Searching over 5,500,000 cases.


searching
Buy This Entire Record For $7.95

Download the entire decision to receive the complete text, official citation,
docket number, dissents and concurrences, and footnotes for this case.

Learn more about what you receive with purchase of this case.

Jennings v. Nash

United States District Court, W.D. Missouri, Southern Division

May 13, 2019

BRAD JENNINGS, Plaintiff,
v.
DANIEL F NASH, et al., Defendants.

          ORDER

          NANETTE K. LAUGHREY, UNITED STATES DISTRICT JUDGE

         Plaintiff Brad Jennings moves for leave to file an amended complaint to assert claims against a new defendant, Missouri State Highway Patrol (“MSHP”) Lieutenant George Knowles. Doc. 82.[1] For the following reasons, Jennings' motion is granted.

         I. Background

         Pursuant to the Court's Scheduling Order, the deadline to amend the pleadings and to join additional parties was on November 13, 2018. Doc. 27, pp. 1-2. Jennings filed his motion for leave to amend the Complaint to assert claims against Knowles, defendant Daniel Nash's direct supervisor, on April 3, 2019, after the deadline prescribed by the Scheduling Order. In the proposed amended complaint, Jennings seeks to assert claims against Knowles for his alleged failure to supervise Nash and engagement in a conspiracy to cover up that misconduct. Defendant Nash opposes amendment. Doc. 88 (Defendant Nash's Response). Defendants Dallas County and Michael Rackley have no objection. Doc. 87 (Defendants Dallas County and Michael Rackley's Response).

         II. Discussion

         A motion for leave to amend filed outside of the Court's scheduling order requires a showing of “good cause” pursuant to Federal Rule of Civil Procedure 16(b)(4). Kmak v. Am. Century Cos., Inc., 873 F.3d 1030, 1034 (8th Cir. 2017). The “primary measure of good cause is the movant's diligence.” Id. at 1034 (quoting Harris v. FedEx Nat'l LTL, Inc., 760 F.3d 780, 786 (8th Cir. 2014)). It is most frequently established where amendment is predicated on a “change in the law, ” “newly discovered facts, ” or some “other changed circumstance.” See Sherman v. Winco Fireworks, Inc., 532 F.3d 709, 718 (8th Cir. 2008); see also Fed. Trade Comm'n v. Next-Gen, Inc., No. 4:18-CV-00128-DGK, 2018 WL 5310416, at *4, 6 (W.D. Mo. Sept. 24, 2018) (granting leave to amend to assert claims against additional parties based on newly discovered facts).

         Jennings argues that there is good cause to amend because his proposed amendments are based upon newly discovered facts regarding “the role of Lt. Knowles” in his case. Doc. 82, p. 5. Jennings asserts that the facts presented in Nash's personnel file and professional standards division file received by counsel on December 21, 2018 and internal investigation file received by counsel on March 15, 2019 support granting leave to amend. Specifically, Jennings points to evidence that Knowles: made statements concerning the procedure for distributing laboratory test results consistent with Nash, but inconsistent with other witnesses and met with county law enforcement officials during which concerns about Nash's behavior were discussed but took no action. Jennings also identifies reports from Nash's personnel file, including a negative performance evaluation, of which he asserts “Knowles was or should have been aware.” Doc. 82, p. 4.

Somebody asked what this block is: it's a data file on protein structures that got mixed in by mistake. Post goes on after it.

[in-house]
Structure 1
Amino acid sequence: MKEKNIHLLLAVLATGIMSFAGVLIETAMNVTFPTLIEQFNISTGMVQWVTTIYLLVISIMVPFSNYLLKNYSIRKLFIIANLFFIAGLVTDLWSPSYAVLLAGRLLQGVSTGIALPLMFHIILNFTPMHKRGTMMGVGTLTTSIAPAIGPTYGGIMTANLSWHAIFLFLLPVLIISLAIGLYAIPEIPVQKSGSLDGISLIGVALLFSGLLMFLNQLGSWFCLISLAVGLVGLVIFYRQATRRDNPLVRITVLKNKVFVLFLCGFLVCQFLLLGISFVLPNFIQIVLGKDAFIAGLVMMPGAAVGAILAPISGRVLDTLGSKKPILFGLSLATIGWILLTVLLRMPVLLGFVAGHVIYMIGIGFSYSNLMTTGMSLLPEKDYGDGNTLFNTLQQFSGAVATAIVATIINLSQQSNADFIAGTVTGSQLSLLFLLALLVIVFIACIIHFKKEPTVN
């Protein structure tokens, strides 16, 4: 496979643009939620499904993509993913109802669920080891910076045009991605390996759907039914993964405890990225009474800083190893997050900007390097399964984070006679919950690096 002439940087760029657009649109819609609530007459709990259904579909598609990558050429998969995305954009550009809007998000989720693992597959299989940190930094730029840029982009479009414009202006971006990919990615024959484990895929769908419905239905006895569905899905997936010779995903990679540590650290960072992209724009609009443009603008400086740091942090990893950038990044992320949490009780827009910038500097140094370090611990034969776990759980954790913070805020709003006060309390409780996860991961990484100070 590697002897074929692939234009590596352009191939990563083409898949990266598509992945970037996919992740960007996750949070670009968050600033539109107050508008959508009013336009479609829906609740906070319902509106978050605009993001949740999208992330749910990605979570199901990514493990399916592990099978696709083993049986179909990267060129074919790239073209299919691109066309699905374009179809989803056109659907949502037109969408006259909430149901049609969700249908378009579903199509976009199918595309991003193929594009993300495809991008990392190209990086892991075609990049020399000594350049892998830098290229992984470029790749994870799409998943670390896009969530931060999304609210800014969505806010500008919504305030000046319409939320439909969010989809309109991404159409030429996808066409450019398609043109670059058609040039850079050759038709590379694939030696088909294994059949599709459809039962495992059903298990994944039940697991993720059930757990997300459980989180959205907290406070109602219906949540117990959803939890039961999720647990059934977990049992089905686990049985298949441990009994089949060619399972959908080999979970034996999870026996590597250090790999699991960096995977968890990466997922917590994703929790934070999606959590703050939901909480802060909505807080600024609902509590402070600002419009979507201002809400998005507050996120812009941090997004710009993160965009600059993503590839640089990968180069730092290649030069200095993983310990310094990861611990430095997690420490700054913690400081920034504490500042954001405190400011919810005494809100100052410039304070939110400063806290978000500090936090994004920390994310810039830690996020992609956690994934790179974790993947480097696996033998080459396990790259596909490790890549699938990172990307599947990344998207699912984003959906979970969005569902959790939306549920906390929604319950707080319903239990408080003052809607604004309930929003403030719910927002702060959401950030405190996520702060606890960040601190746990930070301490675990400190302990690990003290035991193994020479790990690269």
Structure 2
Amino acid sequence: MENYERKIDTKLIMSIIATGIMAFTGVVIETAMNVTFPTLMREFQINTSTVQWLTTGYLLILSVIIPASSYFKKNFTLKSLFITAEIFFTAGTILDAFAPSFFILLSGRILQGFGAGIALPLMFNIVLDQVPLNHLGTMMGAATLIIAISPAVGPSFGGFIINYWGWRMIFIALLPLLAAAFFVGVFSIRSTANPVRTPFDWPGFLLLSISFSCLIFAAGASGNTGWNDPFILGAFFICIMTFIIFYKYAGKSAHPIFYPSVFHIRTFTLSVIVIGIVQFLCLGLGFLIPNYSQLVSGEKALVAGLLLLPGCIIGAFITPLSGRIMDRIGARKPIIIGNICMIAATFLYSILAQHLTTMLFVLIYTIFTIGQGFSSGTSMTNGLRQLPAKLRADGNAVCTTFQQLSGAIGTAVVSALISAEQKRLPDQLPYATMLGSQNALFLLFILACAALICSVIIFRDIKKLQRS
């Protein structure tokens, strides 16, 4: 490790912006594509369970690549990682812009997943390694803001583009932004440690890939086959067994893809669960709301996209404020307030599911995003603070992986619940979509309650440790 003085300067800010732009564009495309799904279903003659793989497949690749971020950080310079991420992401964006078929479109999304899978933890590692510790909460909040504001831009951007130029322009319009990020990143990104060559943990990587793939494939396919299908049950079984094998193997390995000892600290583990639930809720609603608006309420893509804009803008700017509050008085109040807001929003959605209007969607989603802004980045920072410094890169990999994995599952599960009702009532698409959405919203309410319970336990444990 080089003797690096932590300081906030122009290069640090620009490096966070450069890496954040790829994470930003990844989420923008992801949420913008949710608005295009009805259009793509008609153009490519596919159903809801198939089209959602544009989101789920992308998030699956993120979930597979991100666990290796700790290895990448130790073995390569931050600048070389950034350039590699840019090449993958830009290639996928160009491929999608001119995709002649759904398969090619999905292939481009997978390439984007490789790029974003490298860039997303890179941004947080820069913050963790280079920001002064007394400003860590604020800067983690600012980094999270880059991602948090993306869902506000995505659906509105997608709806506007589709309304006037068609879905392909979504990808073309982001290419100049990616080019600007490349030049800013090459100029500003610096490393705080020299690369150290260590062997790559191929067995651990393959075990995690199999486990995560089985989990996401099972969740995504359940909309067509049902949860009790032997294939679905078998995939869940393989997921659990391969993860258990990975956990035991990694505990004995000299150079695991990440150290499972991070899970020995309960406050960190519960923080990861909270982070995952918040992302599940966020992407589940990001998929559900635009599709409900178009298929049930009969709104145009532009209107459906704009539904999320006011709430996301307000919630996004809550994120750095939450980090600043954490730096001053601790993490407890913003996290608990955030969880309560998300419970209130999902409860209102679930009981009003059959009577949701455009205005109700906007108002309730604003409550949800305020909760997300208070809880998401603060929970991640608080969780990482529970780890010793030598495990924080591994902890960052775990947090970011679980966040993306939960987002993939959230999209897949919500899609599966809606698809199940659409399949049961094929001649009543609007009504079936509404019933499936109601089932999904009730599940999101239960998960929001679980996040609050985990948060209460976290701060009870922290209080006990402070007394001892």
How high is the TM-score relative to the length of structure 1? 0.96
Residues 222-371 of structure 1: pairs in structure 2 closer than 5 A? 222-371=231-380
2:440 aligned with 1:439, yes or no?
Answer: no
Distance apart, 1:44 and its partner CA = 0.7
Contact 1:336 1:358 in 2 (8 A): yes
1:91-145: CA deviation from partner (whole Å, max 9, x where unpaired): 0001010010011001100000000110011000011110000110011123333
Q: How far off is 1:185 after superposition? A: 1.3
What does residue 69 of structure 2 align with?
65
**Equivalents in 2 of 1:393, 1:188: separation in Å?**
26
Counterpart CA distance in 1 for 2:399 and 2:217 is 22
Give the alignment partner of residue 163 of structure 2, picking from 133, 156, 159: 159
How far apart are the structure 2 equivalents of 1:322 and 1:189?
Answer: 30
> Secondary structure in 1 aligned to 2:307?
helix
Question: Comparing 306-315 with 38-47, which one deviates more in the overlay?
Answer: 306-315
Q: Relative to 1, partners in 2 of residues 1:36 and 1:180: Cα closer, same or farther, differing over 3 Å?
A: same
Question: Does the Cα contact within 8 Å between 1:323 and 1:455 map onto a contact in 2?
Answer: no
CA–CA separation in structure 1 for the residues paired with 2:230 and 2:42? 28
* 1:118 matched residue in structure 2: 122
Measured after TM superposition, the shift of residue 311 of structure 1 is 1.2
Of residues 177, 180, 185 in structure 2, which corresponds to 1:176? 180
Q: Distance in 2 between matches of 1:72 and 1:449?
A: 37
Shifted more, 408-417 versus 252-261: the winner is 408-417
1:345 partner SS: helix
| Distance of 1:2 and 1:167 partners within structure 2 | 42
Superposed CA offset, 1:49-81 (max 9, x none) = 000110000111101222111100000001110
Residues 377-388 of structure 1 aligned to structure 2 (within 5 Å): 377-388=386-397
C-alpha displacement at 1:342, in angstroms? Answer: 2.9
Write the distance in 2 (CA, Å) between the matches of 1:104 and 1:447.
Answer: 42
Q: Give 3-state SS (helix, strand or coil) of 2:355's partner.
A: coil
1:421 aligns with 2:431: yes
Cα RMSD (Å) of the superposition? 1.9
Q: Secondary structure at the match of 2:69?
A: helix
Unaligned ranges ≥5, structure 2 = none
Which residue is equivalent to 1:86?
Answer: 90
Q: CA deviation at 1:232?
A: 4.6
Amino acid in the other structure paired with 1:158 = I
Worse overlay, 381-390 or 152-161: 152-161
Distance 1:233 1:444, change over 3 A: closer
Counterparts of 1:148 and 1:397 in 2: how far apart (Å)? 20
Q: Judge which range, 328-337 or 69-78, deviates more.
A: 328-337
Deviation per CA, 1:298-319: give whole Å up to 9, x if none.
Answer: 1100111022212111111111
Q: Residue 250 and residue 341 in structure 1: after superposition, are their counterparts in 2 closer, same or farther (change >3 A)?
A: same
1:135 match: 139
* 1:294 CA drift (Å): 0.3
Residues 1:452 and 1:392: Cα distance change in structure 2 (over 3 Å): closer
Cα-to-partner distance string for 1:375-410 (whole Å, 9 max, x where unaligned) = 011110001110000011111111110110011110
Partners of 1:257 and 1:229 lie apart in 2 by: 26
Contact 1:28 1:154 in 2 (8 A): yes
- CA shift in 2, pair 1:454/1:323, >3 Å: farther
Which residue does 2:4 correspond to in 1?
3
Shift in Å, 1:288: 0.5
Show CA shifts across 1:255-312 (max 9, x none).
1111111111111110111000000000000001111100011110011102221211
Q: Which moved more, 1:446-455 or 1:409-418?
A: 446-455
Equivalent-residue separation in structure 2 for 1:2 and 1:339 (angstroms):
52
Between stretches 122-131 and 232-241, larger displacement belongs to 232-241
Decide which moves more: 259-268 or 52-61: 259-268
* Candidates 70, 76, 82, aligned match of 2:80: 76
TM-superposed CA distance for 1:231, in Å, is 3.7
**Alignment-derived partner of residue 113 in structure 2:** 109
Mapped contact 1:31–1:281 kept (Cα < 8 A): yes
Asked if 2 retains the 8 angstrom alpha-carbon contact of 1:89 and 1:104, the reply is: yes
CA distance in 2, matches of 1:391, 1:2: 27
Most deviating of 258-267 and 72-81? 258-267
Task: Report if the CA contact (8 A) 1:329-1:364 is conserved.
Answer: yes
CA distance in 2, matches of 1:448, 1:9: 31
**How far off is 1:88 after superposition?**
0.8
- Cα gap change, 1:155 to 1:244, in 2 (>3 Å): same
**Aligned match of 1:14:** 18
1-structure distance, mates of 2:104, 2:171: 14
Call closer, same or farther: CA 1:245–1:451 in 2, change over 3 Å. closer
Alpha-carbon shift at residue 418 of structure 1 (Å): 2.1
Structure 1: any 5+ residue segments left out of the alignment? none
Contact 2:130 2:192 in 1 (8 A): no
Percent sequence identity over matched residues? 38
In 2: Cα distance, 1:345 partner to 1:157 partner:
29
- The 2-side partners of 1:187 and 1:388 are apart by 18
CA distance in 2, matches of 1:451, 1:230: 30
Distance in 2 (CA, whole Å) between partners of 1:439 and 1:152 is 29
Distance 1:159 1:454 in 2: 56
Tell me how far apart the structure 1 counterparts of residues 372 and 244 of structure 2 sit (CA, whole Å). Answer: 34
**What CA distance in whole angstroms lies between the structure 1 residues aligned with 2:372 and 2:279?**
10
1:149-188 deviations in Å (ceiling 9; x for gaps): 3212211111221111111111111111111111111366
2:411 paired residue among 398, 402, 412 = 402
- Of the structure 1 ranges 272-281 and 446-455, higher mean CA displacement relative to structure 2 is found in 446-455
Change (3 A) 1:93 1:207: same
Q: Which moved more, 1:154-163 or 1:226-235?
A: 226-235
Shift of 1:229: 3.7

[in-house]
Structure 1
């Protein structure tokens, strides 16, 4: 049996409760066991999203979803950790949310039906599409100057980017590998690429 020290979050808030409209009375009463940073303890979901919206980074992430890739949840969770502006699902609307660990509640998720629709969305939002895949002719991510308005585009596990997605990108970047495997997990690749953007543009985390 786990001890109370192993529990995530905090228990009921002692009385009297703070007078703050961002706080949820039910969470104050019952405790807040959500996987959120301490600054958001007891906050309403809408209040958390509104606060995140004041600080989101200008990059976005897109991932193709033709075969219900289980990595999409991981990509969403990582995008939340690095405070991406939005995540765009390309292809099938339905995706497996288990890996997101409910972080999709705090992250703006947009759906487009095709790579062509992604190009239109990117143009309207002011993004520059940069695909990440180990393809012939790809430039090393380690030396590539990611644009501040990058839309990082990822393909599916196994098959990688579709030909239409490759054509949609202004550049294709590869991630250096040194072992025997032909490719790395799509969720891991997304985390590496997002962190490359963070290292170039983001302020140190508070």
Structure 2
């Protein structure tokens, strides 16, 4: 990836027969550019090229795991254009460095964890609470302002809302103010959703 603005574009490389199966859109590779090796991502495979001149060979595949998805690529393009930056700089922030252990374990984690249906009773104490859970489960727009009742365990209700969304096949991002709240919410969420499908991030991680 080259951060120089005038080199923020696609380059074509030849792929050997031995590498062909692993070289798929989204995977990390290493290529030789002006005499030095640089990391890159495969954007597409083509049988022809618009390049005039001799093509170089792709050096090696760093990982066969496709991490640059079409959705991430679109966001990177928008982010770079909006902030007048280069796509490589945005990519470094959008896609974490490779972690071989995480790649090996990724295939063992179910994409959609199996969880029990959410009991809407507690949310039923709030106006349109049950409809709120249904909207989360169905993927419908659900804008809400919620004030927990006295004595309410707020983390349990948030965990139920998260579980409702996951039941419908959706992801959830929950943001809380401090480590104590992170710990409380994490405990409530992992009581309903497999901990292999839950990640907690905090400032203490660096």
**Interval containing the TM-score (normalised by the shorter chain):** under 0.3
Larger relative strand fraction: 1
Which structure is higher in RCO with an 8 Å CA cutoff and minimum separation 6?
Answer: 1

Defendant Nash argues that the alleged newly discovered facts cited by Jennings “are inadequate to support claims of improper supervision by Knowles or of conspiracy between Knowles and Nash.” Doc. 88, p. 2. However, Nash provides no authority in support of his position or that would permit him to argue the merits of Jennings' allegations on behalf of Knowles.

         Nash also asserts that Jennings learned of the existence of a MSHP investigation of Nash's conduct in the Jennings case at a much earlier date than alleged in Jennings' motion. Nash asserts that Jennings' counsel was made aware of the MSHP investigation on May 25, 2018, when Colonel Sandra Karsten, of MSHP informed Jennings' counsel that an inquiry into Nash's conduct was already underway. See Doc. 88-2 (May 25, 2018 Letter from Colonel Karsten to Mr. Ramsey). Jennings asserts that his counsel did not learn “of the existence of a formal internal investigation” until being served with Nash's amended interrogatory answers on January 28, 2019 and that he immediately requested all files and evidence related to the investigation the following day. Doc. 89, p. 2 (emphasis added). However, regardless of when Jennings' counsel was or should have been aware of MSHP's internal investigation of Nash's conduct, it is undisputed that the investigation files and facts contained therein were not produced to Jennings' counsel until March 15, 2019, after the amendment deadline. Jennings sought leave to amend his Complaint to assert additional claims against Knowles supported by this new information less than three weeks later. Nash does not otherwise suggest that Jennings has not been diligent in pursuing discovery. Thus, the Court concludes that Jennings has been diligent in pursuing discovery and seeking leave to amend.

         Nash has not argued that granting leave to amend would prejudice him or the other defendants. Nor has Nash asserted any other argument that would advise against granting leave to amend under Rule 15. Thus, the Court grants Jennings' motion for leave to amend.

         III. Conclusion

         For these reasons, Jennings' motion for leave to file an amended complaint, Doc. 82, is granted. The First Amended Complaint must be filed within seven days of the date of this Order.

---------


Buy This Entire Record For $7.95

Download the entire decision to receive the complete text, official citation,
docket number, dissents and concurrences, and footnotes for this case.

Learn more about what you receive with purchase of this case.